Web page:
Recent responses from around the nation
Recent responses from around the nation
Sunken boat located
Sector Northern New England, Maine
Coast Guard Sector Northern New England, in its ongoing investigation of the sinking of Lady Luck, a Newburyport, Mass.-based fishing boat missing since Feb. 1, located the fishing boat 20 nautical miles southeast of Portland, Maine, using a remote operated vehicle. The boat was located on the ocean floor at a depth of 530 feet, resting on its port side. No bodies were found during the search. Coast Guard Cutter Marcus Hanna, homeported in South Portland, Maine, served as the platform for the investigators who searched with the equipment, assisted by VideoRay (www.videoray.com). In addition to finding the boat, videotape of it was also obtained. The findings of the underwater search will help investigators determine the factors that led to the boat’s sinking, which will be publicly available when the case is completed. While locating and investigating a submerged fishing boat is not routine in a casualty investigation, Coast Guard Sector Northern New England decided to take these extraordinary steps due to the boat’s sudden disappearance and lack of evidence to indicate the cause of its loss. The investigators hope this action will eliminate some potential causes and possibly reveal what led to the sinking. The underwater exploration may also help investigators understand why essential boat safety equipment was not found when the incident originally occurred. The location where the boat sank could pose a hazard to other fishermen. The Coast Guard will also provide safety information to mariners regarding the boat’s exact offshore location. (March 20)
Station Georgetown, S.C.
The Coast Guard has suspended its search for six missing boaters who reportedly were in trouble 600 yards east of the Spring Maid Fishing Pier and is investigating the call as a possible hoax. The crew at Coast Guard Station Georgetown, S.C., received a mayday call over VHF channel 16 that reported six people were aboard a 23-foot pleasure boat that was taking on water in the vicinity of the Spring Maid Fishing Pier. Coast Guard rescue coordinators lost communication with the boat shortly after the initial mayday call, and no other information about the boat was available. Two Coast Guard helicopter crews from Coast Guard Air Station Savannah, Ga., and Air Facility Charleston searched the area. Crews from Coast Guard Detached Duty Office Myrtle Beach, the S.C. Department of Natural Resources, the Myrtle Beach Police Department and Horry County Fire Department conducted shore side searches of the area. A Coast Guard boat crew conducted a surface search of the area. All of the rescue crews were unable to turn up any signs of distress. Coast Guard rescue coordinators believed any debris or persons in the water would have drifted toward the beach. Rescue crews didn’t spot anything to lead them to believe that the 23-foot boat sank in the area. Weather in the search area made searches more dangerous and more difficult for Coast Guard helicopter crews. Weather conditions in the search area consisted of 30-knot sustained winds with 6- to 8-foot seas. One rescue boat costs about $500 an hour to operate. A Coast Guard helicopter costs more than $3,000 hourly to operate. For this case, the rescue boat crews searched a total of 1-1/2 hours and the helicopter crew searched a total of 5-1/2 hours, which cost taxpayers more than $21,000. (March 2)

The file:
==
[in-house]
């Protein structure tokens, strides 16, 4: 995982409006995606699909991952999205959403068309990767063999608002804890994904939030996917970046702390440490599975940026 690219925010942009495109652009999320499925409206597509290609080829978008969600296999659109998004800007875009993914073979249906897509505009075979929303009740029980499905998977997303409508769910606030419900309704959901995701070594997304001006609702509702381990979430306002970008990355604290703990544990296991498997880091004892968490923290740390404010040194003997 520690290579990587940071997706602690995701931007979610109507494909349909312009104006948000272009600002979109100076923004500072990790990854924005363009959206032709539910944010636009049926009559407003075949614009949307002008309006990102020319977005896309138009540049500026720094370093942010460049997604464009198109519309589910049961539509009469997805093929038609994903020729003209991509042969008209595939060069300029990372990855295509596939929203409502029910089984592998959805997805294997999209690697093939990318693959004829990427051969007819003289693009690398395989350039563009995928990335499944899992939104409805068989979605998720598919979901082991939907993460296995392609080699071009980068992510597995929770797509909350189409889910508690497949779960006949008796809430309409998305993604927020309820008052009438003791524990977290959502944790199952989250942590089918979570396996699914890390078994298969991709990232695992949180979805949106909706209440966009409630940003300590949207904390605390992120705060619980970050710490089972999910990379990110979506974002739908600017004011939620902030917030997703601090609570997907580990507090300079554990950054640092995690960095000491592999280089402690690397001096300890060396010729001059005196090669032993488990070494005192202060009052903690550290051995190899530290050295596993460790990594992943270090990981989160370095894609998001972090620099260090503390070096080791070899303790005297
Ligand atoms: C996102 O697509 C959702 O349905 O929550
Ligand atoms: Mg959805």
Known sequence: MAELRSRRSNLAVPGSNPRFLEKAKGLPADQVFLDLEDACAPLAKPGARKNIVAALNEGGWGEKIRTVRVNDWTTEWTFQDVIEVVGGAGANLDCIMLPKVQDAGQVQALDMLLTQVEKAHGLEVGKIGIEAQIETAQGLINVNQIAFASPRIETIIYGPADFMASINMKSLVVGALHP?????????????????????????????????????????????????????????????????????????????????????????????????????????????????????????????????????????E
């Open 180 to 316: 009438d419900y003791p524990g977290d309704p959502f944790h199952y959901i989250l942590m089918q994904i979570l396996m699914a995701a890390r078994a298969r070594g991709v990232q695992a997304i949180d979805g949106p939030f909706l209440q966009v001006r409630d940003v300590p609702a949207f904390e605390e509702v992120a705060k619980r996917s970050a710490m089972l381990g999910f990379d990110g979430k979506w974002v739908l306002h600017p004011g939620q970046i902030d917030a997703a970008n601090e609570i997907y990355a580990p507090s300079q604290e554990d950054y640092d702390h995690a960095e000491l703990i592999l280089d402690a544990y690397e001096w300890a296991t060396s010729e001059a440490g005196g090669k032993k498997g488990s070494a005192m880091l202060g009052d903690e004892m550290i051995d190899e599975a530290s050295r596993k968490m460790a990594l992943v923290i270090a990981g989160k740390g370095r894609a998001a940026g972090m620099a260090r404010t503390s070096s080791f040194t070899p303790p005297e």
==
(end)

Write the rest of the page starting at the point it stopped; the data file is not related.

Air Station Miami, Fla.
The Coast Guard rescued two men in FloridaBay about 20 miles south of Everglades City, Fla., after receiving an alert from an emergency transponder. After receiving the report, the Coast Guard immediately launched a rescue helicopter from Coast Guard Air Station Miami. The helicopter’s crew located the two men in distress. The helicopter’s rescue swimmer was deployed and conducted a health check of the men before hoisting them. The two uninjured men were taken to Marathon Airport, Fla., and released. According to the men, their sailboat lost its mast in rough weather, but they rode out the adverse weather until sunrise when they decided to set off their Emergency Position Indicating Radio Beacon. The two men were wearing life jackets. (March 6)
Stranded with rising tide
Air Station Cherry Point, N.C.
Two adults and a child were plucked from a sandbar off Cedar Island, N.C., as the tide rose. A passerby on a jonboat called Carteret County 911 to report a family stranded on a sandbar in Drum Inlet near their sinking boat. Carteret County 911 called Coast Guard Sector N.C. for assistance. Search and rescue controllers launched a Marine Corps rescue helicopter from Air Station Cherry Point, and boats from Coast Guard Station Hatteras Inlet. Sea Level Fire and Rescue also deployed. The water depth prevented the boat crews from approaching, and they stood by at the scene until the Marine Corps helicopter finished hoisting the family. The family showed symptoms of mild hypothermia, and they were taken to CarteretGeneralHospital. The Coast Guard regularly works with the Marine Corps and other federal, state and local agencies to ensure success in rescue missions. (March 12)